01.12.2005 | ORIGINAL ARTICLE | Ausgabe 6/2005
Investigation of the Sudden Death of Infants: A Multicenter Analysis
Pediatric and Developmental Pathology
- Kristen Landi, Carmen Gutierrez, Barbara Sampson, Richard Harruff, Ivonne Rubio, Beatriz Balbela, M. Alba Greco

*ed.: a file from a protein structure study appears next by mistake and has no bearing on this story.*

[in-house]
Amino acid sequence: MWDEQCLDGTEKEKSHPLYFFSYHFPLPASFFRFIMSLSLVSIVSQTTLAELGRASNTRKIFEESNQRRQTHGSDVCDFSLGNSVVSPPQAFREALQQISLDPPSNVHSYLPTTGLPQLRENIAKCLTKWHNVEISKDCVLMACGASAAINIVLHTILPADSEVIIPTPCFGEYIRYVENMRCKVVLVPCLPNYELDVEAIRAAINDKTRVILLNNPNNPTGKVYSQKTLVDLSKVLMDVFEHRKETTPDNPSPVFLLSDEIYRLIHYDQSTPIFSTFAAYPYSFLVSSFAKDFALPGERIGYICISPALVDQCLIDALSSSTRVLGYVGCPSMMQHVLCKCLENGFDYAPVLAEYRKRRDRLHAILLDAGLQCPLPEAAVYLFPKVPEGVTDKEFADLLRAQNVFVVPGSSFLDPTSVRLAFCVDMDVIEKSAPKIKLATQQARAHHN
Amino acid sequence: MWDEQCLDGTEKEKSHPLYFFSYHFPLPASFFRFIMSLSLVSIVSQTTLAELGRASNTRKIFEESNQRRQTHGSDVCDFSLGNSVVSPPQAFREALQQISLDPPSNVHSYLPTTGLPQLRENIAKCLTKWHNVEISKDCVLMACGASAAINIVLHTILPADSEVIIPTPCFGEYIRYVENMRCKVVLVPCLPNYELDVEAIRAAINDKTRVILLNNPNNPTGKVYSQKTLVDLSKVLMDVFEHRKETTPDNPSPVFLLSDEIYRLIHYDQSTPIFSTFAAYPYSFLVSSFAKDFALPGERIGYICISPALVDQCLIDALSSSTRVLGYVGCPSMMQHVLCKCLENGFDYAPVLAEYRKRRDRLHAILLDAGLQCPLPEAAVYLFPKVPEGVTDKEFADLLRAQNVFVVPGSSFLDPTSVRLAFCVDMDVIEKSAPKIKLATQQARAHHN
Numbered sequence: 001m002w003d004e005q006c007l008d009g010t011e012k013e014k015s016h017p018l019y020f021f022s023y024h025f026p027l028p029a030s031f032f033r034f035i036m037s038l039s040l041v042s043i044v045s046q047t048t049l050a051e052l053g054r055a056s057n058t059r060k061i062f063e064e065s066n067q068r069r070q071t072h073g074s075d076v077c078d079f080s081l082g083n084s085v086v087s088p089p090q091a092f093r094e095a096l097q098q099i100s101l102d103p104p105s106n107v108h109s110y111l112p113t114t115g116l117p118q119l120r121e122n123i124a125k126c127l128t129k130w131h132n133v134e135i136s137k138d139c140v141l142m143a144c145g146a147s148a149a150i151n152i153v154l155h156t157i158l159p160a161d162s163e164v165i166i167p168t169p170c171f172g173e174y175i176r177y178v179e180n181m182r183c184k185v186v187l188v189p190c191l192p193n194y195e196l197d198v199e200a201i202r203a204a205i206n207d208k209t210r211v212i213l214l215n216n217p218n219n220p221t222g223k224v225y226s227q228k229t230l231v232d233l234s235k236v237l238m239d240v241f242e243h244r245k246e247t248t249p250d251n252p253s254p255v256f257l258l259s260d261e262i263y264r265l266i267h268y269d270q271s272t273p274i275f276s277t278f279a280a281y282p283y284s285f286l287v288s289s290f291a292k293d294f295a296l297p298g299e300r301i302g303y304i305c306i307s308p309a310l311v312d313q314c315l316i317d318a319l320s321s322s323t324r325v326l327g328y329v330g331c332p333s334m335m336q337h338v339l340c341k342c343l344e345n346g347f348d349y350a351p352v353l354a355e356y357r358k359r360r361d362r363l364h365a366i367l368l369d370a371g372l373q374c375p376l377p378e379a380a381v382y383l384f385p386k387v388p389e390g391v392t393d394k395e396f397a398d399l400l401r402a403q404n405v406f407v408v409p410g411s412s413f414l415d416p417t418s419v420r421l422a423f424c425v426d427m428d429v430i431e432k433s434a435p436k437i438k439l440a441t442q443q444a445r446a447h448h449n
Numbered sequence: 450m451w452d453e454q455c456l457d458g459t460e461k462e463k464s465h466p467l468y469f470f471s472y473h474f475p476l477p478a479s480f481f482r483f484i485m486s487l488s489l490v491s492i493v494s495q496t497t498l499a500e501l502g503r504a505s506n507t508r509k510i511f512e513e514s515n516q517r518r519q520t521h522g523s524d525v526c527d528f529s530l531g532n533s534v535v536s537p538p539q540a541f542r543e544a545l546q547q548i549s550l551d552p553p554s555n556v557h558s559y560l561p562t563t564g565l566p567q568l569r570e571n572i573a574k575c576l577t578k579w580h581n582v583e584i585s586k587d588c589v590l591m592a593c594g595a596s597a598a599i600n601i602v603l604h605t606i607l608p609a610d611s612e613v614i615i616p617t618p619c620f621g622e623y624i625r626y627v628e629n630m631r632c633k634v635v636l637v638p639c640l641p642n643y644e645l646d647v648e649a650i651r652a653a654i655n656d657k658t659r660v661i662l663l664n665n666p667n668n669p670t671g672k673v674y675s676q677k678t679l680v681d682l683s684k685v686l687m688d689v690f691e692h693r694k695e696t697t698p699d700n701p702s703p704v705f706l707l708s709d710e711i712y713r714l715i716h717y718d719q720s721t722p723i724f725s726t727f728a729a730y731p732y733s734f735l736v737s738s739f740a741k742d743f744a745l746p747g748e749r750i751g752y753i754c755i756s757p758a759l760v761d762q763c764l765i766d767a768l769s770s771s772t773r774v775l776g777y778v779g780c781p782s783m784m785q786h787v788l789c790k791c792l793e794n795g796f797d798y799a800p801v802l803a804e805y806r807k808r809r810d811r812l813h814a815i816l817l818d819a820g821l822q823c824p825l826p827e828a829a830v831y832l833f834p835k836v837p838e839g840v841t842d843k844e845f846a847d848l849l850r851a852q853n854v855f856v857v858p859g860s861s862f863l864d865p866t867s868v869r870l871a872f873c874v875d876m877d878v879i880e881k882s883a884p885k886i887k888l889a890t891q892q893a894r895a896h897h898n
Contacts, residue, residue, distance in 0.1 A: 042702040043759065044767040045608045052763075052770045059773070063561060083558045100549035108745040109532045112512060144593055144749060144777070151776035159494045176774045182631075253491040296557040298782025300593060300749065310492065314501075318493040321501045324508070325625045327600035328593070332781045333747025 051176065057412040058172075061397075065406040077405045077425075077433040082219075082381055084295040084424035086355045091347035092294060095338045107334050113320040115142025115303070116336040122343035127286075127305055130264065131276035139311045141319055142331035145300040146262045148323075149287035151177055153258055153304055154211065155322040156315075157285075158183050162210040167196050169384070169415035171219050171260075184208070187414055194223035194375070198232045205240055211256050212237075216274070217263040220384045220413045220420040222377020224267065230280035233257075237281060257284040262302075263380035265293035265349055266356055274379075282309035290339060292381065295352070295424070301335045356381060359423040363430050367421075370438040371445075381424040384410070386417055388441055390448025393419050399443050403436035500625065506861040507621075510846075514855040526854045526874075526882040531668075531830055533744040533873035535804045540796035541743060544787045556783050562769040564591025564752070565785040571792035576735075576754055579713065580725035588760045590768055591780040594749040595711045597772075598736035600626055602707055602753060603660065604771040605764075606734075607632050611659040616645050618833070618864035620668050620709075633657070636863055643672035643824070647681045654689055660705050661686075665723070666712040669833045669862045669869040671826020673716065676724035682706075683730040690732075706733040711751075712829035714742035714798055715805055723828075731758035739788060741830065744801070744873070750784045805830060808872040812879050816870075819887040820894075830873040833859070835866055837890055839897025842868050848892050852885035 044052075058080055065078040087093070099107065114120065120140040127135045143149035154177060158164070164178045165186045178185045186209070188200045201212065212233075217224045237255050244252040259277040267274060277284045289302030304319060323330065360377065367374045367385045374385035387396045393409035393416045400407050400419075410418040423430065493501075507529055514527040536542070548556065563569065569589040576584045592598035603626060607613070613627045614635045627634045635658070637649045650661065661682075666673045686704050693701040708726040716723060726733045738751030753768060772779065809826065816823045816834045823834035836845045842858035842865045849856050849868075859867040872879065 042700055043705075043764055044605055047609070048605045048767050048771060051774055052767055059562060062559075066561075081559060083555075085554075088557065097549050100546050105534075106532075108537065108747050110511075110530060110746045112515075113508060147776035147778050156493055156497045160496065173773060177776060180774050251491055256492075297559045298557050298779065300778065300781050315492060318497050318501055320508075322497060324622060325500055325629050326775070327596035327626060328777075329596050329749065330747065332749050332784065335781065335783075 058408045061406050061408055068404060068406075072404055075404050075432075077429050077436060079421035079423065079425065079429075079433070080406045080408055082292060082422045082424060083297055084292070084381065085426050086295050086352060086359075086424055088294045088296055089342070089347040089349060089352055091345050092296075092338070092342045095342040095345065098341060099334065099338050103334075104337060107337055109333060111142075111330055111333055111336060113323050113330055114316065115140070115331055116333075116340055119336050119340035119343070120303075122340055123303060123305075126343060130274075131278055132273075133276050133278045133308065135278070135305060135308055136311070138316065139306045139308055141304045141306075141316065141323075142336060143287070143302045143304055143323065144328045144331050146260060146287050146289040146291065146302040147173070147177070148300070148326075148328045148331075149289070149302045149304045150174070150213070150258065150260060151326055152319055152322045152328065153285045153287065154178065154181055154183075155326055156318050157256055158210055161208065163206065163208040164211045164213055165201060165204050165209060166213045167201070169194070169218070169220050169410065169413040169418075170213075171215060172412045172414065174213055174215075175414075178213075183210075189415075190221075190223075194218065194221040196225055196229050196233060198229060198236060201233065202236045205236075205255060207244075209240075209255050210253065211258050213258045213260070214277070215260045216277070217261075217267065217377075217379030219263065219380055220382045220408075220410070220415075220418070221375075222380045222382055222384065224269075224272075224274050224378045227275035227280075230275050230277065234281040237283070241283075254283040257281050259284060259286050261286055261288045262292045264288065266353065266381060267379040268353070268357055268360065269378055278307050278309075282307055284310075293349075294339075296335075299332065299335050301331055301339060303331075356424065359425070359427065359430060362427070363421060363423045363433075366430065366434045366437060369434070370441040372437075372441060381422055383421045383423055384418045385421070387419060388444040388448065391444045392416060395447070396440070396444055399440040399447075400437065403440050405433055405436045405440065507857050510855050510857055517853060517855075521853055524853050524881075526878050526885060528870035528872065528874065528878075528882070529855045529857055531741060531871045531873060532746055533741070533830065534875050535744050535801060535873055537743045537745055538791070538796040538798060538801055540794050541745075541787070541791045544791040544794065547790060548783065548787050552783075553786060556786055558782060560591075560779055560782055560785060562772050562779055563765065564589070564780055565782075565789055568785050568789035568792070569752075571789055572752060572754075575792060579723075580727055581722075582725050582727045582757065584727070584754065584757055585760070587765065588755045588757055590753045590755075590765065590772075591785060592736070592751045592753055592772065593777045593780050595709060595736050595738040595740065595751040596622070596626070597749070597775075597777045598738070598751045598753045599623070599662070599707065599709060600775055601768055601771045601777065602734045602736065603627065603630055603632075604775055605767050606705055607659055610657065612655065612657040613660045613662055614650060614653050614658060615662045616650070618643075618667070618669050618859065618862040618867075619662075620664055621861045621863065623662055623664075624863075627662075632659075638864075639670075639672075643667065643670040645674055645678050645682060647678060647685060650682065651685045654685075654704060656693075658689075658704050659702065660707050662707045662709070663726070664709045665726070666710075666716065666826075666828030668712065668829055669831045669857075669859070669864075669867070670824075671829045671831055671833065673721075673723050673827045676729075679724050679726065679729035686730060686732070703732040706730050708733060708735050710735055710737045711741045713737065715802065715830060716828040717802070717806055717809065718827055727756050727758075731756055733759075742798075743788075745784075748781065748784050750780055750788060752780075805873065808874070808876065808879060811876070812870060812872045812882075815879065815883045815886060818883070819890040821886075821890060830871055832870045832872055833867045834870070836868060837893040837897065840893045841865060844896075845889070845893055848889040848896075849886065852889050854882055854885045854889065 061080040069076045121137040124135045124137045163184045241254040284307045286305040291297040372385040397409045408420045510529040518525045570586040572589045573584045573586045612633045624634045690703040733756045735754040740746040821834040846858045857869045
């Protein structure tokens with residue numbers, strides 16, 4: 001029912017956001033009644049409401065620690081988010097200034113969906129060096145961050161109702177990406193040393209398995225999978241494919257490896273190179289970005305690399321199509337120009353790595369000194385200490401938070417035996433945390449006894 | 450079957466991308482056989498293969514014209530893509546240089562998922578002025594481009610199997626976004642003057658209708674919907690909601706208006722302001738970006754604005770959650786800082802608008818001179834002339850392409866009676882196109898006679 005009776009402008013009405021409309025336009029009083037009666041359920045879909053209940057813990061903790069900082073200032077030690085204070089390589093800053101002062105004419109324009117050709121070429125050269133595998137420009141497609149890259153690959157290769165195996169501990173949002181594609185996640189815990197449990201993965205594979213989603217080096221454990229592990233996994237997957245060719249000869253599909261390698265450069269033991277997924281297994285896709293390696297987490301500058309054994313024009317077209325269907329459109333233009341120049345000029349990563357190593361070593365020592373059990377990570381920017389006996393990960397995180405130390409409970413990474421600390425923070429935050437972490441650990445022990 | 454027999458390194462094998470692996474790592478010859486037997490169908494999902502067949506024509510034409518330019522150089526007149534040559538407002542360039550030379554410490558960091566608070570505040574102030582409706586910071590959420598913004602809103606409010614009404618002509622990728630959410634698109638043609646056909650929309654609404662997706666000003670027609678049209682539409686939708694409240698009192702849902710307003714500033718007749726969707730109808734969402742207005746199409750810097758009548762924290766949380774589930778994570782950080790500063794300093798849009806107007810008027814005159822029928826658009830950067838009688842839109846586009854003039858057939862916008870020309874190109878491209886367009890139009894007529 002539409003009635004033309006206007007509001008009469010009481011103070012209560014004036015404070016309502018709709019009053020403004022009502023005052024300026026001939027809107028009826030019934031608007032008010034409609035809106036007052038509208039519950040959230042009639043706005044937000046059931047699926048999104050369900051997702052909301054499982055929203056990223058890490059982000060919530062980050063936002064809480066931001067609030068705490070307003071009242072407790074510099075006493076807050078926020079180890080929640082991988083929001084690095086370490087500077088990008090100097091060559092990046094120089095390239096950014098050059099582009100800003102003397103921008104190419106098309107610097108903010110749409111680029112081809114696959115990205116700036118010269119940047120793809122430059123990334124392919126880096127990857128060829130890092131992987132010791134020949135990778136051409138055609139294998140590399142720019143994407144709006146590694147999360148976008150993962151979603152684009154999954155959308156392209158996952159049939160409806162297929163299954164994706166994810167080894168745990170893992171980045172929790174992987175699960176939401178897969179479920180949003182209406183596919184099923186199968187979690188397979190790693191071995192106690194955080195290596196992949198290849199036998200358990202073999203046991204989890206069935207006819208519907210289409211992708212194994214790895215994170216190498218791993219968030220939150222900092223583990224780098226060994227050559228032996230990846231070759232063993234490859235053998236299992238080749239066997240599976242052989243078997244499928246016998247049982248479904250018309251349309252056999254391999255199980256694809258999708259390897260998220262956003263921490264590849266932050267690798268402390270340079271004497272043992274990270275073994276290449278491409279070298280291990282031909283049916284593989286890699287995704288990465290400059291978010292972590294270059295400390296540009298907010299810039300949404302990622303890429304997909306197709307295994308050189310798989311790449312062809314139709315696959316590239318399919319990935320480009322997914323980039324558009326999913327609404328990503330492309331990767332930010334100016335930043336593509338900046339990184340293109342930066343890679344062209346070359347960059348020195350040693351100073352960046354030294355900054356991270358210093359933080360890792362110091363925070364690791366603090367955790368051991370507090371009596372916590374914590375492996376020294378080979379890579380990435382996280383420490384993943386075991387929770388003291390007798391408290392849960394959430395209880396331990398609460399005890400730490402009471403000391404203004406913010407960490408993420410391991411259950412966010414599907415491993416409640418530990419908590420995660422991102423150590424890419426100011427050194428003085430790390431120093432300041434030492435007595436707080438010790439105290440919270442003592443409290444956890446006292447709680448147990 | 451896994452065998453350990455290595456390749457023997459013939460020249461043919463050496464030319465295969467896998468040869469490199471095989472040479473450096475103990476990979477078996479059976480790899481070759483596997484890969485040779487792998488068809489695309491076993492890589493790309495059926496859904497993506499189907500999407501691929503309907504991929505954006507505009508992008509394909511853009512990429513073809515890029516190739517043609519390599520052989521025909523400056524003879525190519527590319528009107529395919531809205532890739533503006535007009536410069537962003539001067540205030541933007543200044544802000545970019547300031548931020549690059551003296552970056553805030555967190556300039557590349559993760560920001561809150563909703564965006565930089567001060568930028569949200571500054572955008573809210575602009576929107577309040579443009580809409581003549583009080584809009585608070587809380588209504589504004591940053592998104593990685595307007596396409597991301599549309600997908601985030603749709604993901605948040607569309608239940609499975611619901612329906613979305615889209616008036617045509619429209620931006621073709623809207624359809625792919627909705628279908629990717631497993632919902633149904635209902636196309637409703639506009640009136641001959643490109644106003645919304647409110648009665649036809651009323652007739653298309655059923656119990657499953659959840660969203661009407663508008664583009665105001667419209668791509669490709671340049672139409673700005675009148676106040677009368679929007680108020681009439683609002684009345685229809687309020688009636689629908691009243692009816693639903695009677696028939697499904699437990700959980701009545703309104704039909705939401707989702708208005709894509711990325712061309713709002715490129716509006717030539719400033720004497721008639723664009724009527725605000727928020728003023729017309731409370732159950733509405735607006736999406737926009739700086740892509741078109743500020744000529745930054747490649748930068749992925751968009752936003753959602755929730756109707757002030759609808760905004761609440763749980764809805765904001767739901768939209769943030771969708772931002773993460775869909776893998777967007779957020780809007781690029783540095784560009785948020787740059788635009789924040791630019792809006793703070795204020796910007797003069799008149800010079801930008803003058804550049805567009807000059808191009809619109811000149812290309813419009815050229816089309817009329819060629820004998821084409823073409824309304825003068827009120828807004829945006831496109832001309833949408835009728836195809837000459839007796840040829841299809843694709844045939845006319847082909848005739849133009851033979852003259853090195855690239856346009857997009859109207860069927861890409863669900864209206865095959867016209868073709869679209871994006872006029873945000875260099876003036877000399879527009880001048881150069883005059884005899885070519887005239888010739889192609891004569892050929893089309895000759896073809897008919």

The investigation of sudden death of infants varies, and death rates may depend on local practices of death certification. We studied the extent of the investigation and the final cause of death (COD) in 3 regions: New York, New York, USA (NY); King County, Washington, USA (KC); and Montevideo, Uruguay (MU). We conducted a retrospective review of 543 cases (NY 258, KC 56, MU 229) of previously healthy babies who died suddenly without obvious trauma, at ages 0 to 12 months, over a 3-year period (1998 to 2001). All cases included a complete autopsy and histologic examination. Cases were assessed for completion of special studies (including radiographs, photos, toxicology and metabolic sampling, cultures, and vitreous humor chemistry), measurements, and scene investigation. Specialized pediatric measurements and testing were done less often than routine procedures, and were done less often in cases overall compared with cases certified as sudden infant death syndrome (SIDS). Fifty-five percent of SIDS cases in NYC and 12% of SIDS cases in KC had no scene investigation. Manhattan had a complete workup in 42% of SIDS cases, whereas the remaining sites had fewer that 15% of cases completely worked up. The most common non-natural COD was suffocation at all 3 sites. The overall most common COD were respiratory infection in MU (22%) and SIDS in NY (45%) and KC (86%). We conclude that the sudden death of infants requires special consideration and still lacks consistency. SIDS investigations are not done completely in all cases and rates may depend on regional differences in certifying infant deaths.